Reflections on 3 Years in Fruitland

Yesterday, I had the honor to harvest in the first backyard where this scrappy gleaning operation began exactly 3 years ago.  The Valley Glen tangerine tree where I started this work was on hiatus – taking its every-other-year vacation from fruiting. But the navel tree adjacent to it was fully loaded as it has been every year, with incredible (organic) softball-sized specimens. Just as importantly, the little girl Ava, whose yard it is, and has grown up under and around our ladders, was there to greet us as the Fruitmobile pulled up.  She was no longer the tiny four year old sprout (see first photo below) but she now wielded her own picker alongside us and cleared had grown to grasp what our annual visits mean for the hundreds of people who will be fed from the tree in her yard – and the importance she and her mother Heather play in the Fruitanthropy equation as fruit donors.

First Harvest 1/17/09

Being Guinea Pigs for their crazy neighbor Rick’s idea, joining in on the gleaning and knowing Jan 17th is the magical day for us, Ava and Heather are always there to welcome us and pitch in.  Just watching Ava grow to nearly double her size – but more so, seeing her understand and now appreciate the importance of this work is reward enough to keep coming back – the 16 cases of fruit (with some from a neighbor’s trees from 3 doors up who has recently joined our program) is irresistible.

Third Anniversary Harvest with Ava 1/17/12

In the time since we began the program  in early 2009, with no name, no agenda and just these two trees, we have grown into a professional operation – actually So Cal’s largest – that helps food pantries and other agencies feed our most vulnerable with gleaned/rescued produce. Soberingly – the numbers of food insecure (people who are not sure where their next meal is coming from) has also ballooned since 2009 to 50 million across the country. Staggering, angering and yes, vastly actionable. I’ll go to my grave convinced hunger in America is a solvable issue. Solvable not by growing more food – but simply by DISTRIBUTING it more thoughtfully, equitably and with a keener understanding that our nation wastes over 40% of the edible food we grow/cook/manufacture. Yes, you read that right – 40%!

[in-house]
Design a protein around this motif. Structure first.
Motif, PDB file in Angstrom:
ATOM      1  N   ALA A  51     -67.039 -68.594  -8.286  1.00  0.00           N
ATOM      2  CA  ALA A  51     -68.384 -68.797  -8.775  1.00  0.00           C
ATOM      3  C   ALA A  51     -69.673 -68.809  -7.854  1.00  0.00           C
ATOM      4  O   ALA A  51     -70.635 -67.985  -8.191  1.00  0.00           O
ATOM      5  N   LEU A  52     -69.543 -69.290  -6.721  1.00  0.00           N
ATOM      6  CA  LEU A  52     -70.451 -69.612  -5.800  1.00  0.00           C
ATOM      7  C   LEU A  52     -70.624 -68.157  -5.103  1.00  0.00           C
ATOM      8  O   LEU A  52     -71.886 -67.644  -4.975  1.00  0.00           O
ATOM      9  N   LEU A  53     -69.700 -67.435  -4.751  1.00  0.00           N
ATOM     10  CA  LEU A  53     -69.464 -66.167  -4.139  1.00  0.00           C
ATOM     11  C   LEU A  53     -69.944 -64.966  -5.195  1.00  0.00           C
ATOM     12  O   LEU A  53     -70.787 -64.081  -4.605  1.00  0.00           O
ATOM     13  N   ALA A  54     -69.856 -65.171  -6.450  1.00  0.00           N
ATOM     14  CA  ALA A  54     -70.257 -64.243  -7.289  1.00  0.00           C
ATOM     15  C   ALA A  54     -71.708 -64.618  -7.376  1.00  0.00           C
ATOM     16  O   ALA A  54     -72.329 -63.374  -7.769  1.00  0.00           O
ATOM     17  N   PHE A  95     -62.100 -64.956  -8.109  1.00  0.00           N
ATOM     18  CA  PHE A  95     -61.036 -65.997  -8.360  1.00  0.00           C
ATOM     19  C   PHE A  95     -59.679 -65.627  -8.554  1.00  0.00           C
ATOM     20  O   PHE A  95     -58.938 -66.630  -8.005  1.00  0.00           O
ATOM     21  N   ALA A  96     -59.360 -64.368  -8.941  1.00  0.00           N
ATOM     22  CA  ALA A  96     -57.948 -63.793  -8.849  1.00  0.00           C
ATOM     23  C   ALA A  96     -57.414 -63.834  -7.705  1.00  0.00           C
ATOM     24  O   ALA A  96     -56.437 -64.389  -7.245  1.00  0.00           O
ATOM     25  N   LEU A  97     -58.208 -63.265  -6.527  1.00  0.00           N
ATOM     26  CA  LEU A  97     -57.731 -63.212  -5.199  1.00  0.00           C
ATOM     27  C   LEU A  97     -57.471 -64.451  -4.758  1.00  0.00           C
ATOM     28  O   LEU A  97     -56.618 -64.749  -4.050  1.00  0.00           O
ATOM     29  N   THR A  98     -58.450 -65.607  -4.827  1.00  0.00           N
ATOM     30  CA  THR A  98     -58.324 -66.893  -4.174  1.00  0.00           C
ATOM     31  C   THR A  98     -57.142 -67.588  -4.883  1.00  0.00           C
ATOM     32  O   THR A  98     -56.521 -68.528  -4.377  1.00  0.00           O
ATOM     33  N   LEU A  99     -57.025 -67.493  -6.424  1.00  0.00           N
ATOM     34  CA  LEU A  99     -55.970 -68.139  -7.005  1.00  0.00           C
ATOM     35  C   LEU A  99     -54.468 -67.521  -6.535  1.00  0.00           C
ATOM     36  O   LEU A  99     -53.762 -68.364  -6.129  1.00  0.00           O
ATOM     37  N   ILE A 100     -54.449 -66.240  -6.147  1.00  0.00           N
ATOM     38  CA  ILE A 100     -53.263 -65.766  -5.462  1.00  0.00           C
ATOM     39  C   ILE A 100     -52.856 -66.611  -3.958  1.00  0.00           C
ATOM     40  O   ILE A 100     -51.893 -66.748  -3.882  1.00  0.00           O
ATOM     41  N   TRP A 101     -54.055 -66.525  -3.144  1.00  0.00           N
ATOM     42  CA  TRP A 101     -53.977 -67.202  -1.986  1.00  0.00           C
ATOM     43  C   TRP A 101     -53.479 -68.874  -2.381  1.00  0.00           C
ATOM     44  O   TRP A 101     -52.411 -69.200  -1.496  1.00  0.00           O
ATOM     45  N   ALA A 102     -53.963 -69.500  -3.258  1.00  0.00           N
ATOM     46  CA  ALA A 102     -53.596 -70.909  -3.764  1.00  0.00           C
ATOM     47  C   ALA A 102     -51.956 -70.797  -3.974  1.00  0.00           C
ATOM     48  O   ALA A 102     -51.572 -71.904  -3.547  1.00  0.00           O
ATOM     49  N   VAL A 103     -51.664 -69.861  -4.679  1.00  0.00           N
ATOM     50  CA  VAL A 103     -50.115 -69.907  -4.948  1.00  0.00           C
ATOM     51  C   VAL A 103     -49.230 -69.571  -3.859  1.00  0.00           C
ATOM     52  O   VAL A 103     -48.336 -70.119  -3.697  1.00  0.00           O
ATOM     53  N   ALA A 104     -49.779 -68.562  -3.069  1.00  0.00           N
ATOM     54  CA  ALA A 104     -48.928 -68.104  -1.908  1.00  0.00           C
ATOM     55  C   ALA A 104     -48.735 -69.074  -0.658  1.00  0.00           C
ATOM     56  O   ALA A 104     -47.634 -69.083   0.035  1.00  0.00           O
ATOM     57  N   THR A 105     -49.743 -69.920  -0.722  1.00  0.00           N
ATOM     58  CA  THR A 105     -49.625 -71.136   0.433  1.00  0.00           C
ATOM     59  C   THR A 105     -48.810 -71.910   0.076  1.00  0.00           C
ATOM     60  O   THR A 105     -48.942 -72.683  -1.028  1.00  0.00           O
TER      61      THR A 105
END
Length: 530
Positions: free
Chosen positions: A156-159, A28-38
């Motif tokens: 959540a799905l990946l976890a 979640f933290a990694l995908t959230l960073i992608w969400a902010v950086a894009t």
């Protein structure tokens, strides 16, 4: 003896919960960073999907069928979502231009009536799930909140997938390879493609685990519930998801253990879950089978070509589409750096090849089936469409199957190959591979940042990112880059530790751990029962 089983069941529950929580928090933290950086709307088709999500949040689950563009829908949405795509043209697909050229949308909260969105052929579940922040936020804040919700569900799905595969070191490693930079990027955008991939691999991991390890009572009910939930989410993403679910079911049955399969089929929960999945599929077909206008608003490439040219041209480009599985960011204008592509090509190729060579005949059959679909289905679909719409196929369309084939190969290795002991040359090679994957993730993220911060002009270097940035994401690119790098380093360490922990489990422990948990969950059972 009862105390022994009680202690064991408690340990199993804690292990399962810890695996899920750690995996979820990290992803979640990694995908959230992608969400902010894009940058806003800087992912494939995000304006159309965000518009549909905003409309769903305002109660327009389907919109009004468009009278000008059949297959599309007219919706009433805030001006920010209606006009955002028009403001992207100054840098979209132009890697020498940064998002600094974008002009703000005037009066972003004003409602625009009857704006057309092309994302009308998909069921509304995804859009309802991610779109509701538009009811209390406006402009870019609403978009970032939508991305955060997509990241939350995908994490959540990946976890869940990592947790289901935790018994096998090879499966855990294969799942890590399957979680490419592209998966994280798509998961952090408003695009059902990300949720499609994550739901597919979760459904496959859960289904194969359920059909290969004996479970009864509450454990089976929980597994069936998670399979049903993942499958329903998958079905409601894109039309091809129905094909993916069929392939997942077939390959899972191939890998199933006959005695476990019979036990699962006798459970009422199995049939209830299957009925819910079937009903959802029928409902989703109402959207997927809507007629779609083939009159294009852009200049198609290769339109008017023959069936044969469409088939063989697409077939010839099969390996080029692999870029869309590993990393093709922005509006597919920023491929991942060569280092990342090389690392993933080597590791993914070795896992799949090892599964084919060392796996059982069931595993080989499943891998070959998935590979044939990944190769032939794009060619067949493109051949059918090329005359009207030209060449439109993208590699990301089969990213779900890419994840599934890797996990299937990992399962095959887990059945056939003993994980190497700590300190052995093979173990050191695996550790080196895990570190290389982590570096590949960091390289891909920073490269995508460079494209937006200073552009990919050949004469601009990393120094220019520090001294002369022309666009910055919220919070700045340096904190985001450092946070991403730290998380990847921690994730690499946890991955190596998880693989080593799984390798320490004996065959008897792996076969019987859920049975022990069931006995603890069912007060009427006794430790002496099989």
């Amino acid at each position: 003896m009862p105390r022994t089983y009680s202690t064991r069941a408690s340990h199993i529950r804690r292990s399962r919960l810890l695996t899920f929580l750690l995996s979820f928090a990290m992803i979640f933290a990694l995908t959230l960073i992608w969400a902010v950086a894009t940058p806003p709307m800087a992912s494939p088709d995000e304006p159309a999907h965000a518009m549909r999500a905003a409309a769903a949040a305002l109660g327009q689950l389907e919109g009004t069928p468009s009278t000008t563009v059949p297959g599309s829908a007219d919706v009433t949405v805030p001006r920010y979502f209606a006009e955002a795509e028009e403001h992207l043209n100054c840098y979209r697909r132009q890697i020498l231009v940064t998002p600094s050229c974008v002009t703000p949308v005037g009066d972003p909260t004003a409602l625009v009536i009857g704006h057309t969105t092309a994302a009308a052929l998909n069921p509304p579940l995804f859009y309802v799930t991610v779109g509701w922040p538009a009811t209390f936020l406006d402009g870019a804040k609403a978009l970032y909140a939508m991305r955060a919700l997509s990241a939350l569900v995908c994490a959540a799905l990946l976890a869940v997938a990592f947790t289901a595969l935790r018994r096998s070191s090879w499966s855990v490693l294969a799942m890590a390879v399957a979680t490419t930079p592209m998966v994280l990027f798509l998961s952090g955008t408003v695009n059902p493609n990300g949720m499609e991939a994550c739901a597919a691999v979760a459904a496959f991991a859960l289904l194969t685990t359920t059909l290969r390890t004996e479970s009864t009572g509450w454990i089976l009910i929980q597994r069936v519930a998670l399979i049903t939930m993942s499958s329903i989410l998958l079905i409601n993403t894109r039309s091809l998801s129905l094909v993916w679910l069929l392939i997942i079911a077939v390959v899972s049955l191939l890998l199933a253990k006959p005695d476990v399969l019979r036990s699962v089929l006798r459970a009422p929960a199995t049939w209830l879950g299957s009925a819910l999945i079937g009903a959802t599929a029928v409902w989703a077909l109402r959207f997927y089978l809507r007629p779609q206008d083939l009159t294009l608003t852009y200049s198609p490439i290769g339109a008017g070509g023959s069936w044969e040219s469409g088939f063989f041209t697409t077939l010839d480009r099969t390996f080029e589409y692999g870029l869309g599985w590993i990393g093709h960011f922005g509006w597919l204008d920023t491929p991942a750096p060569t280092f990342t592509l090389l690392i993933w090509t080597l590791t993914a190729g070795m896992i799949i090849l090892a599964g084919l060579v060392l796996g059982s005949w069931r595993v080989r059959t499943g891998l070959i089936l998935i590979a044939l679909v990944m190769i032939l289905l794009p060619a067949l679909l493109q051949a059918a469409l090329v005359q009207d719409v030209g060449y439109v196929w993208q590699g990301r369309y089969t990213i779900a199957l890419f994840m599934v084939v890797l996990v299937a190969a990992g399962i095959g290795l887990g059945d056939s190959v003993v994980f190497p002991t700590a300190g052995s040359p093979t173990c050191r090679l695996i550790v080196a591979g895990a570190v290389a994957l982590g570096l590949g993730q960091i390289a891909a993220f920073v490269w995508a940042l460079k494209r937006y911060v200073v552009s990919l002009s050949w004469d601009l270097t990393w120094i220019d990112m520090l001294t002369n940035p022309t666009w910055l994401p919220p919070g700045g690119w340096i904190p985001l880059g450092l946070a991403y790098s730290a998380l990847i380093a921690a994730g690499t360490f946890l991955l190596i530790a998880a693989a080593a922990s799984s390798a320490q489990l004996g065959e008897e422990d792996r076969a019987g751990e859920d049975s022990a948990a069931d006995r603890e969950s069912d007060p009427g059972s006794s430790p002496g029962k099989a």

Yesterday’s pick came on the heels of our 3rd annual Fruitstock weekend in Santa Barbara where over 40 LA volunteers drove 90 minutes north to help glean over 15,000 lbs that were shared by the SB Foodbank, Oxnard Foodshare and MEND.  Two days of kick-ass mandarin madness on two gorgeous properties with our SB Backyard Bounty pals were separated by a potluck with new and old friends, board members, staff and donors.  Again, an honor to lead it, but even more fun just to be a part of it.

As I wait here in the Fruit Cave for SOVA to pick up those 16 cases of navels from yesterday, which no doubt will flow in and out of their efficient pantry door in 24-48 hours, there is some satisfaction knowing that we may not be conquering hunger at Food Forward but we are fighting it and bringing our community closer with every harvest we undertake.

From 85lbs of tangerines delivered to SOVA on Jan. 17th, 2009, we closed out year three yesterday with over 686,000 lbs (or nearly 2.75 million servings) donated to over 25 agencies in LA, Ventura and Santa Barbara Counties of all shapes and sizes.

2012 holds amazing promise – new programs, strengthening of the Ventura Branch, social enterprise, new interns, new partnerships, a new board chair (the incredible Pam Kaizer) and more – and along with it more challenges. All that to say, every time you drive by a fully loaded orange or grapefruit tree, I hope you will want to rise to the occasion, strap on a harvest bag and go pick?!

Thanks for all the love, support and Fruitanthropy – and here’s to the next three years of sharing the abundance across Fruitland.